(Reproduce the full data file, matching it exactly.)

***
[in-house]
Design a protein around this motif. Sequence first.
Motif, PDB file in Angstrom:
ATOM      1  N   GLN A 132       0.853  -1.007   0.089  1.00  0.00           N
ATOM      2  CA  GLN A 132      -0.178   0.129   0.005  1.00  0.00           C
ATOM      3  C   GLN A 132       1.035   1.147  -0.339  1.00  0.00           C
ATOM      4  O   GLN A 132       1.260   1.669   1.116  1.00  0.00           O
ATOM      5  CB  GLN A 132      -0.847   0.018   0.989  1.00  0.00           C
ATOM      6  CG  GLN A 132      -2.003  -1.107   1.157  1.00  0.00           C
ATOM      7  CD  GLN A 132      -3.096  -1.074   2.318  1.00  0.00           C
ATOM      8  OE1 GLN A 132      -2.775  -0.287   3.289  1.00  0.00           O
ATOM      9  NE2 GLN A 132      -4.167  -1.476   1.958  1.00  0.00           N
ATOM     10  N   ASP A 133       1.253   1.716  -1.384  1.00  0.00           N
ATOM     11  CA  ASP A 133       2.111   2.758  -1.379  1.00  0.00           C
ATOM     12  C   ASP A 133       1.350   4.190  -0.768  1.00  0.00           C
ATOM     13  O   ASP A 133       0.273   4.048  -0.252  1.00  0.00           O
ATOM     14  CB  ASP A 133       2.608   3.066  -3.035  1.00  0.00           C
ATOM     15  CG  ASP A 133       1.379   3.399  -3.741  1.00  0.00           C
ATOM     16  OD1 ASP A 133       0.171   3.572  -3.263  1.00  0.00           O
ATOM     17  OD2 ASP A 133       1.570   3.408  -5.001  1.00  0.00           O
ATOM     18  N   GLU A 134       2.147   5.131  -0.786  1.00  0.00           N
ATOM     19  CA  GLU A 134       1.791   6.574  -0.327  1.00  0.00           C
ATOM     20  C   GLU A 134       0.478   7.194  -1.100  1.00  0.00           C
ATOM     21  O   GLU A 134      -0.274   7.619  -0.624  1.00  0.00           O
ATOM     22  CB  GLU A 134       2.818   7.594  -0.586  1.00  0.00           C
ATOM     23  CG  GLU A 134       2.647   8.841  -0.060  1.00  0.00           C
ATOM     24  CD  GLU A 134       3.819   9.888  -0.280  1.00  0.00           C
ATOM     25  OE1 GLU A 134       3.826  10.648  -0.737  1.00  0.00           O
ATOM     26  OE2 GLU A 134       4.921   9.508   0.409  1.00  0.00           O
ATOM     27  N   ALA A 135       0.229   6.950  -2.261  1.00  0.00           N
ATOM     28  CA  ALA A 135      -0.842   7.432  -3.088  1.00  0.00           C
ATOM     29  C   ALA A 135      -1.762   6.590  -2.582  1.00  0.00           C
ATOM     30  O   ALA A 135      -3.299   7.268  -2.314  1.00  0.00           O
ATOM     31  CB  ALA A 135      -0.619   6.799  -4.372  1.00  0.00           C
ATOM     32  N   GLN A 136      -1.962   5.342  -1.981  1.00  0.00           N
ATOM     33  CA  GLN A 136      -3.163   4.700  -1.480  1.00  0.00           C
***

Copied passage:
[in-house]
Design a protein around this motif. Sequence first.
Motif, PDB file in Angstrom:
ATOM      1  N   GLN A 132       0.853  -1.007   0.089  1.00  0.00           N
ATOM      2  CA  GLN A 132      -0.178   0.129   0.005  1.00  0.00           C
ATOM      3  C   GLN A 132       1.035   1.147  -0.339  1.00  0.00           C
ATOM      4  O   GLN A 132       1.260   1.669   1.116  1.00  0.00           O
ATOM      5  CB  GLN A 132      -0.847   0.018   0.989  1.00  0.00           C
ATOM      6  CG  GLN A 132      -2.003  -1.107   1.157  1.00  0.00           C
ATOM      7  CD  GLN A 132      -3.096  -1.074   2.318  1.00  0.00           C
ATOM      8  OE1 GLN A 132      -2.775  -0.287   3.289  1.00  0.00           O
ATOM      9  NE2 GLN A 132      -4.167  -1.476   1.958  1.00  0.00           N
ATOM     10  N   ASP A 133       1.253   1.716  -1.384  1.00  0.00           N
ATOM     11  CA  ASP A 133       2.111   2.758  -1.379  1.00  0.00           C
ATOM     12  C   ASP A 133       1.350   4.190  -0.768  1.00  0.00           C
ATOM     13  O   ASP A 133       0.273   4.048  -0.252  1.00  0.00           O
ATOM     14  CB  ASP A 133       2.608   3.066  -3.035  1.00  0.00           C
ATOM     15  CG  ASP A 133       1.379   3.399  -3.741  1.00  0.00           C
ATOM     16  OD1 ASP A 133       0.171   3.572  -3.263  1.00  0.00           O
ATOM     17  OD2 ASP A 133       1.570   3.408  -5.001  1.00  0.00           O
ATOM     18  N   GLU A 134       2.147   5.131  -0.786  1.00  0.00           N
ATOM     19  CA  GLU A 134       1.791   6.574  -0.327  1.00  0.00           C
ATOM     20  C   GLU A 134       0.478   7.194  -1.100  1.00  0.00           C
ATOM     21  O   GLU A 134      -0.274   7.619  -0.624  1.00  0.00           O
ATOM     22  CB  GLU A 134       2.818   7.594  -0.586  1.00  0.00           C
ATOM     23  CG  GLU A 134       2.647   8.841  -0.060  1.00  0.00           C
ATOM     24  CD  GLU A 134       3.819   9.888  -0.280  1.00  0.00           C
ATOM     25  OE1 GLU A 134       3.826  10.648  -0.737  1.00  0.00           O
ATOM     26  OE2 GLU A 134       4.921   9.508   0.409  1.00  0.00           O
ATOM     27  N   ALA A 135       0.229   6.950  -2.261  1.00  0.00           N
ATOM     28  CA  ALA A 135      -0.842   7.432  -3.088  1.00  0.00           C
ATOM     29  C   ALA A 135      -1.762   6.590  -2.582  1.00  0.00           C
ATOM     30  O   ALA A 135      -3.299   7.268  -2.314  1.00  0.00           O
ATOM     31  CB  ALA A 135      -0.619   6.799  -4.372  1.00  0.00           C
ATOM     32  N   GLN A 136      -1.962   5.342  -1.981  1.00  0.00           N
ATOM     33  CA  GLN A 136      -3.163   4.700  -1.480  1.00  0.00           C